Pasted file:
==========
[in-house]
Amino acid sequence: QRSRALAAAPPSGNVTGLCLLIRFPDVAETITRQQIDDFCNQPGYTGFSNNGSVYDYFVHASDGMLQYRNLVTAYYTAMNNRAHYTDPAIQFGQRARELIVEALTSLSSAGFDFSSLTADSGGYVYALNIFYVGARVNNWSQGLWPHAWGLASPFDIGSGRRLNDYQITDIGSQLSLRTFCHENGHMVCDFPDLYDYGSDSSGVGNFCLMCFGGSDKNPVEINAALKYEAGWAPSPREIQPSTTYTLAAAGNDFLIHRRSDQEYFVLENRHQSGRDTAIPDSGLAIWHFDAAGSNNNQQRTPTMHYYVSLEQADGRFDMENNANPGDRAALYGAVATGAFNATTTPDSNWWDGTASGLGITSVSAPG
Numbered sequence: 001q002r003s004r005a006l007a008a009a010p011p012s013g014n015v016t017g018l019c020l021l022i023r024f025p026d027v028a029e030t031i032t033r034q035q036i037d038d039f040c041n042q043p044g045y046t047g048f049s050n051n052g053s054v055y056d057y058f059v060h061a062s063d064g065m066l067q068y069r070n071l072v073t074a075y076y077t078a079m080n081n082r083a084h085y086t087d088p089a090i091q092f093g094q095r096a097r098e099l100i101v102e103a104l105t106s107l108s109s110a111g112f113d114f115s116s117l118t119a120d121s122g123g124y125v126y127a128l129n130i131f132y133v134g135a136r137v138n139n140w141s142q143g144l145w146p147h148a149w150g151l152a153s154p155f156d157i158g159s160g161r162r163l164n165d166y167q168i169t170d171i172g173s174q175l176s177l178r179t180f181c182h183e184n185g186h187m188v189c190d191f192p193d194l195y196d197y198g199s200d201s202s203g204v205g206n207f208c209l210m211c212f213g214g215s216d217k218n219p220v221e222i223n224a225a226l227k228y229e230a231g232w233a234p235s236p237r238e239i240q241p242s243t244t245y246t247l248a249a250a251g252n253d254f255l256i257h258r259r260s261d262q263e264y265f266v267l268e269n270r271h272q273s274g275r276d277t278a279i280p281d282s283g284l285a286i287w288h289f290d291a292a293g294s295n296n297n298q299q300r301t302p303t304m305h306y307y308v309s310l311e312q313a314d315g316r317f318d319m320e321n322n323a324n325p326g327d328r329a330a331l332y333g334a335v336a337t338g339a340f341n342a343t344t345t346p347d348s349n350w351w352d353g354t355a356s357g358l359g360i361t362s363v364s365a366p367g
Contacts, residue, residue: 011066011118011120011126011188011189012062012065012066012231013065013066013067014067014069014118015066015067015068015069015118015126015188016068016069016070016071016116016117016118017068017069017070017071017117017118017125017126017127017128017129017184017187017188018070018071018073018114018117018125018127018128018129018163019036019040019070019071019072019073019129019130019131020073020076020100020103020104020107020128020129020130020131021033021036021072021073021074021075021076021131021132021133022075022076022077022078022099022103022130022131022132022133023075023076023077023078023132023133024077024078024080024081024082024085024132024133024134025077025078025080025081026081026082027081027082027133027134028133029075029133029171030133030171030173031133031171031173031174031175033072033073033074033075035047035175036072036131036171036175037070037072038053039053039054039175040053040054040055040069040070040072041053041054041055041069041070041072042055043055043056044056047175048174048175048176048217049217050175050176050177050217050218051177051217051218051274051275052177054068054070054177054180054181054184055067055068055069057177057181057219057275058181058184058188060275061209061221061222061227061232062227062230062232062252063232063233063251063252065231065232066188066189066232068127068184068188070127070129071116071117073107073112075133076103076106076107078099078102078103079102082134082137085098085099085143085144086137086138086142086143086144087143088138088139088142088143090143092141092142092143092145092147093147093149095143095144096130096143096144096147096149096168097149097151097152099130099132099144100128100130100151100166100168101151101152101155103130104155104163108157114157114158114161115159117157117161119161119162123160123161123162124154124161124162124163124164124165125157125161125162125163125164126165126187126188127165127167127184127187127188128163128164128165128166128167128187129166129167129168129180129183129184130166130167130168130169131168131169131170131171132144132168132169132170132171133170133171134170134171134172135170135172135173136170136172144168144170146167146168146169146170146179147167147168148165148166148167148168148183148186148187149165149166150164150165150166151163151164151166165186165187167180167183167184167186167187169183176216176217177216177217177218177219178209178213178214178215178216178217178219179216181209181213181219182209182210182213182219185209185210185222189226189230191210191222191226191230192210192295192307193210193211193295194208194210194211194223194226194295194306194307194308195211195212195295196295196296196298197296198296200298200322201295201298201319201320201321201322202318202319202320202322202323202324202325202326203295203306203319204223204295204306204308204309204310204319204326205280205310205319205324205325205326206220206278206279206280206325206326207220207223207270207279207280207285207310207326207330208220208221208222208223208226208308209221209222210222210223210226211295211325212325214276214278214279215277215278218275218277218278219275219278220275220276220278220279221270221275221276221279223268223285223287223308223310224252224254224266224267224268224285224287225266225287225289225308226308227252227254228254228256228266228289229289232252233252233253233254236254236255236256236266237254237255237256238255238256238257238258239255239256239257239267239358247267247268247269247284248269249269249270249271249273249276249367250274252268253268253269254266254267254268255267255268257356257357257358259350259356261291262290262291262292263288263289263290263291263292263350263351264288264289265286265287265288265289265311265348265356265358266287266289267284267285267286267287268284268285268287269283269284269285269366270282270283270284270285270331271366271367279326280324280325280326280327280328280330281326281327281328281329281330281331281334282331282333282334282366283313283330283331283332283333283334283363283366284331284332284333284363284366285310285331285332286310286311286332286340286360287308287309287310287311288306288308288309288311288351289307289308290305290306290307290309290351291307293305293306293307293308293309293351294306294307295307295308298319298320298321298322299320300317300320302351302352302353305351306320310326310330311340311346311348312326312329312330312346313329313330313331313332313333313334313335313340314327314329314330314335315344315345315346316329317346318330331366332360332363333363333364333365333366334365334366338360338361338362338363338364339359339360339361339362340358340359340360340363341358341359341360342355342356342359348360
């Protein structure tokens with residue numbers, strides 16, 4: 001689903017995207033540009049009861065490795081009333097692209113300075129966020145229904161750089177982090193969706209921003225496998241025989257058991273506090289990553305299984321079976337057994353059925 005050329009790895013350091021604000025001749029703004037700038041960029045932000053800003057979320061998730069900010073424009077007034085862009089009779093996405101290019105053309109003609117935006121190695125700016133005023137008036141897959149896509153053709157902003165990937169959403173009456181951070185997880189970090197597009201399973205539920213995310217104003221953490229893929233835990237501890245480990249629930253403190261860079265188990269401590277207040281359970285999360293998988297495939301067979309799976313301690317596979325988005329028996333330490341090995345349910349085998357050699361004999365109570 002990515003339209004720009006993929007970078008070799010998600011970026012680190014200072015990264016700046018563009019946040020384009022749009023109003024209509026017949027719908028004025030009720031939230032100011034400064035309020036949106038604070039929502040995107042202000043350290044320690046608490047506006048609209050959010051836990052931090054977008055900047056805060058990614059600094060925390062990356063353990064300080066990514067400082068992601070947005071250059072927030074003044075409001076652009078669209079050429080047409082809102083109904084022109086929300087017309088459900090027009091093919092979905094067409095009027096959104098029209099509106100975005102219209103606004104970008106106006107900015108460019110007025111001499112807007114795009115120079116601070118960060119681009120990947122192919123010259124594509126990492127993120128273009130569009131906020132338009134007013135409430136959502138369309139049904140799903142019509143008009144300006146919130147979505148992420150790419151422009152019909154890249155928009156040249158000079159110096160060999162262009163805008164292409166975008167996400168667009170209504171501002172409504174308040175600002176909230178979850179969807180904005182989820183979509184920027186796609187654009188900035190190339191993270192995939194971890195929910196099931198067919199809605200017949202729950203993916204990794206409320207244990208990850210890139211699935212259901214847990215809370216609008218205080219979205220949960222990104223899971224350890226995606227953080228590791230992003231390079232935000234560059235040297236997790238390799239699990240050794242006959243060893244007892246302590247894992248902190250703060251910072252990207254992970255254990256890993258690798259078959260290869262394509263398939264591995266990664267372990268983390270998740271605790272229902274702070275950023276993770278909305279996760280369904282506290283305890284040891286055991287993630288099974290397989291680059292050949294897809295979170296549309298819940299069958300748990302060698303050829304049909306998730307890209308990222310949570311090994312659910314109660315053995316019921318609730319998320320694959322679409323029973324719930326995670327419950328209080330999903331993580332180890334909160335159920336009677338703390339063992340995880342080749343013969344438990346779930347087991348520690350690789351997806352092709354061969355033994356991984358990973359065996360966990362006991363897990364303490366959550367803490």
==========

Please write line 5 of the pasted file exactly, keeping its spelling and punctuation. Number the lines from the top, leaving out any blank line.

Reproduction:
């Protein structure tokens with residue numbers, strides 16, 4: 001689903017995207033540009049009861065490795081009333097692209113300075129966020145229904161750089177982090193969706209921003225496998241025989257058991273506090289990553305299984321079976337057994353059925 005050329009790895013350091021604000025001749029703004037700038041960029045932000053800003057979320061998730069900010073424009077007034085862009089009779093996405101290019105053309109003609117935006121190695125700016133005023137008036141897959149896509153053709157902003165990937169959403173009456181951070185997880189970090197597009201399973205539920213995310217104003221953490229893929233835990237501890245480990249629930253403190261860079265188990269401590277207040281359970285999360293998988297495939301067979309799976313301690317596979325988005329028996333330490341090995345349910349085998357050699361004999365109570 002990515003339209004720009006993929007970078008070799010998600011970026012680190014200072015990264016700046018563009019946040020384009022749009023109003024209509026017949027719908028004025030009720031939230032100011034400064035309020036949106038604070039929502040995107042202000043350290044320690046608490047506006048609209050959010051836990052931090054977008055900047056805060058990614059600094060925390062990356063353990064300080066990514067400082068992601070947005071250059072927030074003044075409001076652009078669209079050429080047409082809102083109904084022109086929300087017309088459900090027009091093919092979905094067409095009027096959104098029209099509106100975005102219209103606004104970008106106006107900015108460019110007025111001499112807007114795009115120079116601070118960060119681009120990947122192919123010259124594509126990492127993120128273009130569009131906020132338009134007013135409430136959502138369309139049904140799903142019509143008009144300006146919130147979505148992420150790419151422009152019909154890249155928009156040249158000079159110096160060999162262009163805008164292409166975008167996400168667009170209504171501002172409504174308040175600002176909230178979850179969807180904005182989820183979509184920027186796609187654009188900035190190339191993270192995939194971890195929910196099931198067919199809605200017949202729950203993916204990794206409320207244990208990850210890139211699935212259901214847990215809370216609008218205080219979205220949960222990104223899971224350890226995606227953080228590791230992003231390079232935000234560059235040297236997790238390799239699990240050794242006959243060893244007892246302590247894992248902190250703060251910072252990207254992970255254990256890993258690798259078959260290869262394509263398939264591995266990664267372990268983390270998740271605790272229902274702070275950023276993770278909305279996760280369904282506290283305890284040891286055991287993630288099974290397989291680059292050949294897809295979170296549309298819940299069958300748990302060698303050829304049909306998730307890209308990222310949570311090994312659910314109660315053995316019921318609730319998320320694959322679409323029973324719930326995670327419950328209080330999903331993580332180890334909160335159920336009677338703390339063992340995880342080749343013969344438990346779930347087991348520690350690789351997806352092709354061969355033994356991984358990973359065996360966990362006991363897990364303490366959550367803490």